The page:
South African 'settler' appeals asylum withdrawal

2010-12-28 00:00

THE Canadian legal team of the white South African who was granted and then lost asylum status in Canada are preparing to appeal the withdrawal of his right to remain in that country.

Brandon Huntley (32) caused a stir in Canada and South Africa in 2009 when he claimed his fear of crime against whites made him a candidate for asylum, and a government board agreed.

Huntley, who grew up in Cape Town, claimed he had been attacked seven times by black robbers and called a “white dog” and a “settler”.

A panel of the Canadian immigration board found that his fear was justified and granted him asylum in August 2009.

Immigration Minister Jason Kenney appealed to the country’s federal court for a review of the decision by William Davis of the immigration and refugee board.

Advocate Russell Kaplan, one of Huntley’s lawyers, alleged that Kenney would never have appealed the decision if not for “pressure, driven by allegations of racism” by the South African government.

On November 24 this year Judge James Russell ruled in the federal court that granting Huntley refugee status had been a mistake.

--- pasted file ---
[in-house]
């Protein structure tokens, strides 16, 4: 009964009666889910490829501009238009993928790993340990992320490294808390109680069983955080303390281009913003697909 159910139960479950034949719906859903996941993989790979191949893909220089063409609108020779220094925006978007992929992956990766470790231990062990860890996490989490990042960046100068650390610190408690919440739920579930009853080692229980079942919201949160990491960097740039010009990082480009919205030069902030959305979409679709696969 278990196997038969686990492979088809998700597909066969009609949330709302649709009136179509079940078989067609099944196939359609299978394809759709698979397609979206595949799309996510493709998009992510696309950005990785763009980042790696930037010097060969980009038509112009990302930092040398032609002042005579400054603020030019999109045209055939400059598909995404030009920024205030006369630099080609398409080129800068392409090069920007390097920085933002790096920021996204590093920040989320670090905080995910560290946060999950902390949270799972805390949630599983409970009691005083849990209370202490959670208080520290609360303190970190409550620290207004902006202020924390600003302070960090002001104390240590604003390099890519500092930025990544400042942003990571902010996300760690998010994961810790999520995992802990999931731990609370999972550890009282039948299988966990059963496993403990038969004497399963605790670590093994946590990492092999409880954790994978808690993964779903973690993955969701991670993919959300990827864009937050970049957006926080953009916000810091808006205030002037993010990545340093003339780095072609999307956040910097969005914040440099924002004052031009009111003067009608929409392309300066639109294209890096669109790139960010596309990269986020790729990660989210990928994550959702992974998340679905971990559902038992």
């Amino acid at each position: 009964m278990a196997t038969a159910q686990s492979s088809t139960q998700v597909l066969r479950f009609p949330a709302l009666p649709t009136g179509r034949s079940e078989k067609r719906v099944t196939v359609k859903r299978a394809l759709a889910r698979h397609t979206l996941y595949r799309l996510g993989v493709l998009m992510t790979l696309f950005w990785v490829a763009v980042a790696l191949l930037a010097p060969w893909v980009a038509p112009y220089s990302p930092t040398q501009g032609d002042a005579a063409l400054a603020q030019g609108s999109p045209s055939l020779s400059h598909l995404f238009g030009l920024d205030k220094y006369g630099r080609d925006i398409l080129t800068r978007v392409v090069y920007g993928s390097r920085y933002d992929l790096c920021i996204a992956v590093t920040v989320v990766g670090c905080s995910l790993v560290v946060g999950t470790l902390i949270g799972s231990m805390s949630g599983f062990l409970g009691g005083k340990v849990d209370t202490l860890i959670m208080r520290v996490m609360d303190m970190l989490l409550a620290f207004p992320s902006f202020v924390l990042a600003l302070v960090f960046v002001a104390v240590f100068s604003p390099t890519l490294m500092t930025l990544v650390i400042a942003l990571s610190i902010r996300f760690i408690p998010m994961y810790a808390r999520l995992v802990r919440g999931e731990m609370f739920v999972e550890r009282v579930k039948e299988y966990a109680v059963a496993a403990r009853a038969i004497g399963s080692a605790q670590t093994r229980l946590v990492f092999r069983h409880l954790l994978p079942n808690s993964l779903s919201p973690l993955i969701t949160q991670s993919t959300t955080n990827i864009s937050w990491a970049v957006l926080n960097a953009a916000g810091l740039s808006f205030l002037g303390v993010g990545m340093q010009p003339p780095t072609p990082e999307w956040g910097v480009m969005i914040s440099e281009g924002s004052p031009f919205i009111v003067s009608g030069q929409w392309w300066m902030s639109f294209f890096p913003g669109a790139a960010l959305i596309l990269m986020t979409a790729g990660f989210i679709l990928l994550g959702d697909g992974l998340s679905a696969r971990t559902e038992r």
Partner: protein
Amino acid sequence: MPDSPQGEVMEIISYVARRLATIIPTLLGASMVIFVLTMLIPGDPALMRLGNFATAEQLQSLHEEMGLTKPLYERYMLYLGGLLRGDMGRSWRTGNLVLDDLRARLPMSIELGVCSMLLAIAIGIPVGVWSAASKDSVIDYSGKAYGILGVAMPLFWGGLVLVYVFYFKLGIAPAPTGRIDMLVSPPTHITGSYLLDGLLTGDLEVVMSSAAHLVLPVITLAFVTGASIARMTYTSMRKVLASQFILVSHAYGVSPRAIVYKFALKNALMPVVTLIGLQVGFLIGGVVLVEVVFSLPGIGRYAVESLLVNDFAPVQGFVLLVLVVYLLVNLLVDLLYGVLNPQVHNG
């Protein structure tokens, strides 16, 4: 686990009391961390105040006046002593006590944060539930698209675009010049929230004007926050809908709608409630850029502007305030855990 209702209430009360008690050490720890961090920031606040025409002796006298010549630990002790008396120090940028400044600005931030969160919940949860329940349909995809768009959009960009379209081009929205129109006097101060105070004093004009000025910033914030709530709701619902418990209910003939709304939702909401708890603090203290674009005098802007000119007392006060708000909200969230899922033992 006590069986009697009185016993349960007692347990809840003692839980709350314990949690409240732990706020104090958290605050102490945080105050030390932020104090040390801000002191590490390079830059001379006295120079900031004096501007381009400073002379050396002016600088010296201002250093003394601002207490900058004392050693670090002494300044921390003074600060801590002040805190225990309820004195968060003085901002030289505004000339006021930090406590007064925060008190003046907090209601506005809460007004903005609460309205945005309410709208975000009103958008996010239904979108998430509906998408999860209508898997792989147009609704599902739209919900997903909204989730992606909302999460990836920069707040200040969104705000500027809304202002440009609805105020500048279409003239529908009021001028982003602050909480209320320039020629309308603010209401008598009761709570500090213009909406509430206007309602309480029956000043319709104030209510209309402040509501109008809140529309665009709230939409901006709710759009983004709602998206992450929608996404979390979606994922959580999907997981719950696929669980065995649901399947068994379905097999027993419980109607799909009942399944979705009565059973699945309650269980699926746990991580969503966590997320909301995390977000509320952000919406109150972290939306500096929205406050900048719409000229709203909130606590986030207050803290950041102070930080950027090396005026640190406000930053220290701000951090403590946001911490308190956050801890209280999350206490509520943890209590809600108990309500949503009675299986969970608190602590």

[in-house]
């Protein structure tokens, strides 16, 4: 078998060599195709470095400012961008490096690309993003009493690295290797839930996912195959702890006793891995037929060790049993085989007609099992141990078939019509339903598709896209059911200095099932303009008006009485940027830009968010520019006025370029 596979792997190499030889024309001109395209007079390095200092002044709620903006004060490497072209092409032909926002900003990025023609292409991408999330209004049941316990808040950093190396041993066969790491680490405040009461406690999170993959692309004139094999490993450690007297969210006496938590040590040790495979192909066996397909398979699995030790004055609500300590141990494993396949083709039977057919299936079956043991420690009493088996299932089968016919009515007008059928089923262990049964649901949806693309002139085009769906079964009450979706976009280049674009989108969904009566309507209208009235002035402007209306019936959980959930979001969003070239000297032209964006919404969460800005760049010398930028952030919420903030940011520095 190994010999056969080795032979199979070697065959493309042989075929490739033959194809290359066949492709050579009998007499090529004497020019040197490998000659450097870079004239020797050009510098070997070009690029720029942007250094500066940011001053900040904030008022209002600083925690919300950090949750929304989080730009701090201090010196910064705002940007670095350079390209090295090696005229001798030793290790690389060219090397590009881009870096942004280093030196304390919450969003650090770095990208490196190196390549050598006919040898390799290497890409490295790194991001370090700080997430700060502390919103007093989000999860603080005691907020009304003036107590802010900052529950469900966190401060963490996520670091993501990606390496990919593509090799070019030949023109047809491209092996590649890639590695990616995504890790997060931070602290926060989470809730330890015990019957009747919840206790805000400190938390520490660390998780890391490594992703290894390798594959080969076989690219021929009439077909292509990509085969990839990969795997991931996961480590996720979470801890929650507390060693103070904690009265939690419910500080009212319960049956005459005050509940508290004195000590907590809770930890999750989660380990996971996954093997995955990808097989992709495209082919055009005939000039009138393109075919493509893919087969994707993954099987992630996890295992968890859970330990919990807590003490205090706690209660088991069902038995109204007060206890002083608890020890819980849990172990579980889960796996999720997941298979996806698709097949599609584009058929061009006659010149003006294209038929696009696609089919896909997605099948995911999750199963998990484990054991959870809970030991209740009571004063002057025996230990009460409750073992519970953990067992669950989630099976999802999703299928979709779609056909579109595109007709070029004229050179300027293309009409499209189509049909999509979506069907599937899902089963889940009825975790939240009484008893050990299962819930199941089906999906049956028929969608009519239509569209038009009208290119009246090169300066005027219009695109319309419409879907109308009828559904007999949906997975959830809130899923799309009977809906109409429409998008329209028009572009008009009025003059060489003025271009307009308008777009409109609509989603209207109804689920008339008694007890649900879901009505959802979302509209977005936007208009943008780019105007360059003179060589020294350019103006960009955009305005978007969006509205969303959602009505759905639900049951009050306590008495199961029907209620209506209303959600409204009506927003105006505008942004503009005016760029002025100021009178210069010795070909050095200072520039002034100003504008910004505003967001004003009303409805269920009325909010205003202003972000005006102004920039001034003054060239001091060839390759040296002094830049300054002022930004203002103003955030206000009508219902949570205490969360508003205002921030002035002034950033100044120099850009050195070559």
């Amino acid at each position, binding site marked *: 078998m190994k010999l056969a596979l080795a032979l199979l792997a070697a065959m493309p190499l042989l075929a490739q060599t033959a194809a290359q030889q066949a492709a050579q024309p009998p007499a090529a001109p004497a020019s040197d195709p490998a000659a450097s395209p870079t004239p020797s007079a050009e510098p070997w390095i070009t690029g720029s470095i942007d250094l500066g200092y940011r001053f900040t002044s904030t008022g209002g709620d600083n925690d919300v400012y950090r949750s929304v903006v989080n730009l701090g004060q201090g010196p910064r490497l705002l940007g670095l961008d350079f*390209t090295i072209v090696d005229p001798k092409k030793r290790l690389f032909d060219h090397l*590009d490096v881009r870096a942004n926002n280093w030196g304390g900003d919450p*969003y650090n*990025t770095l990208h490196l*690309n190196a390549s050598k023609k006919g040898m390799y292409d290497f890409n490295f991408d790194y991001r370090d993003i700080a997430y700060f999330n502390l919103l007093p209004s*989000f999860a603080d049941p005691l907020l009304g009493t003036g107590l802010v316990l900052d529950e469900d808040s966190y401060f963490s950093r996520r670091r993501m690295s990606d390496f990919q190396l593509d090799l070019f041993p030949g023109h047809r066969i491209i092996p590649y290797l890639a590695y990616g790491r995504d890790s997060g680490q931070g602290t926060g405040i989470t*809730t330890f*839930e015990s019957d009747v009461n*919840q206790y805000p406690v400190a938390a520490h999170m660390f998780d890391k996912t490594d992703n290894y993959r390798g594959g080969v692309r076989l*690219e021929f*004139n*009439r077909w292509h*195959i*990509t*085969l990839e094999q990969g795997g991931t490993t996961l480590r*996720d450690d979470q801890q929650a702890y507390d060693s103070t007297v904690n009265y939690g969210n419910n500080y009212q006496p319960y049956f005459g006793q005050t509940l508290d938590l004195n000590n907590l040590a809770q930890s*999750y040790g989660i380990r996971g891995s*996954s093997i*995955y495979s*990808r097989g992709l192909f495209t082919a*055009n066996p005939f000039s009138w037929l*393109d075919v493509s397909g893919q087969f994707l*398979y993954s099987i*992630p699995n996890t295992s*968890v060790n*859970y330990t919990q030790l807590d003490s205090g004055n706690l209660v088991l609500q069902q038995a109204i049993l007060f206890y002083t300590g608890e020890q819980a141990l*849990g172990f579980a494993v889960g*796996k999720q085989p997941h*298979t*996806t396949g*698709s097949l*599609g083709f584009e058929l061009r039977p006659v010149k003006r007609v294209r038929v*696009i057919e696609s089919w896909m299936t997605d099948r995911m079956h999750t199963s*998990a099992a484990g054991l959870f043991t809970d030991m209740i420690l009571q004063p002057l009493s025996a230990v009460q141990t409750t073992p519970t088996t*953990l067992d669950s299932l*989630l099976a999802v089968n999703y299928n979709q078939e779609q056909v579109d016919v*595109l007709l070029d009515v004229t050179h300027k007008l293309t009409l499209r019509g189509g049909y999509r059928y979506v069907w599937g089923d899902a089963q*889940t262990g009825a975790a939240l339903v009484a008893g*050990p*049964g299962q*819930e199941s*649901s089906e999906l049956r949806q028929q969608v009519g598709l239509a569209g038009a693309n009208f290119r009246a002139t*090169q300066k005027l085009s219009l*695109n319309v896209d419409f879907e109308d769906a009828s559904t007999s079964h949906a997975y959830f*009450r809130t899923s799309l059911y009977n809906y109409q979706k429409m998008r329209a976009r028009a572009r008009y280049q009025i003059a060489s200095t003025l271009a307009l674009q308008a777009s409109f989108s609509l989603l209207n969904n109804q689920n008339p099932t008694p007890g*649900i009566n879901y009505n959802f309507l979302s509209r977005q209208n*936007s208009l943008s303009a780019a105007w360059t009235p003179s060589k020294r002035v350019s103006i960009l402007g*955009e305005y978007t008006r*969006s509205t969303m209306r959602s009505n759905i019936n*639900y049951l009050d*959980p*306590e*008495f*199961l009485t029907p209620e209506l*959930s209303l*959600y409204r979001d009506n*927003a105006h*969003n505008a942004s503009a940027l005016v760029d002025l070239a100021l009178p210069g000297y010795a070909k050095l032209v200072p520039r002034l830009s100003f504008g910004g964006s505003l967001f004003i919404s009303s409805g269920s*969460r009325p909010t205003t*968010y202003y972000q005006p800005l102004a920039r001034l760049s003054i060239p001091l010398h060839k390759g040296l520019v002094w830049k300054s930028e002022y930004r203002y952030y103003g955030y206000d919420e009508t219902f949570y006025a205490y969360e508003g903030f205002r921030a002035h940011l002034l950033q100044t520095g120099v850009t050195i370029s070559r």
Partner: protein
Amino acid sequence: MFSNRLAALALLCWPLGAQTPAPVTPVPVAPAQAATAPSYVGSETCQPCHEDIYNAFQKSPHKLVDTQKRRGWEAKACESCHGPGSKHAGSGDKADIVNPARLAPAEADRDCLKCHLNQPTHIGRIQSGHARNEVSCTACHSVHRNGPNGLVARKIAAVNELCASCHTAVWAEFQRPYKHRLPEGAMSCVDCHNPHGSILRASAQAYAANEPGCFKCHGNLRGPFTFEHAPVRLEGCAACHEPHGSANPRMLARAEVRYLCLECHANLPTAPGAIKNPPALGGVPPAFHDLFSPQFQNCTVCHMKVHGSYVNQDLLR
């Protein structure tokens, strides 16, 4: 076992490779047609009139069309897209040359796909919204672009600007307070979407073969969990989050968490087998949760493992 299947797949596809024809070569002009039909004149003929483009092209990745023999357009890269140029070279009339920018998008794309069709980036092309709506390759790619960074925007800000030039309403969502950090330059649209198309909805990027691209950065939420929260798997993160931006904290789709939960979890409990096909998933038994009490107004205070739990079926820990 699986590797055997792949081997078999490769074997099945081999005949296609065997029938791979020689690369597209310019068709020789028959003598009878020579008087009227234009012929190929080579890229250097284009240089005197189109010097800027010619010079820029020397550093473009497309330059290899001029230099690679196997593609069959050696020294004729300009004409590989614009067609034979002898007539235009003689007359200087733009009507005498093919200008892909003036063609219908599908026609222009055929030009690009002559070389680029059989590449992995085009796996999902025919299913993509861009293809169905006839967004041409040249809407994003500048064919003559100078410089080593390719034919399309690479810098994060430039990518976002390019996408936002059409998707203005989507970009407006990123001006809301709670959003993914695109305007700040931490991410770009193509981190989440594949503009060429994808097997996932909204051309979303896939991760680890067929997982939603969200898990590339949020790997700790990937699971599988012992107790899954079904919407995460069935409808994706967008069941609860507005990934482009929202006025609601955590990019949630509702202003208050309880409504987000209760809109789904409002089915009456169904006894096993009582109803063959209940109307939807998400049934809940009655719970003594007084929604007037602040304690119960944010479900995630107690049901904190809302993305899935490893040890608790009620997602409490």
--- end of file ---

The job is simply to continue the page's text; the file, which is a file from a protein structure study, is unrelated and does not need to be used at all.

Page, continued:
The judge added it was clear that Huntley came to Canada to look for work, not because he was fleeing persecution.

Kaplan said the ruling was a turning point for white South Africans who feel they are being targeted because of their skin colour.

“In his judgment, Russell said that just because Huntley’s circumstances could not be regarded under law as persecution, this didn’t mean other white South Africans could not qualify.”

He said an application for appeal was made to the federal court of appeal on December 22, to be heard by three judges.

He said it could be six months before the appeal is heard.

Kaplan said the appeal turns on three questions, of which he is prepared to discuss only one.

Huntley’s appeal goes to the question of whether the federal court had the jurisdiction to hear the government’s initial appeal.

Kaplan said the main argument is that the South African government painted the Canadian government as racist when Huntley was granted asylum.

“The question is whether a new judge would be afraid to be called a racist if he or she upheld Huntley’s second application.”

Huntley may remain in Canada while the legal process— the appeal and a possible second asylum application — is completed.

On December 4, Idasa (the Institute for Democracy in South Africa) published research finding that white people are less likely than blacks to be the victims of robbery.

A survey carried out over 12 months revealed that 21% of white people fear crime, while 35% of blacks do.

The study also found that fewer whites (11%) say they have regularly experienced theft from their homes.

The findings belie perceptions that whites suffer crime more than other groups, Idasa said.

“On the contrary, the findings show that whites do not suffer crime in greater proportion than other population groups. Fear of and experience of crime is, in reality, least among whites,” the Idasa report said.

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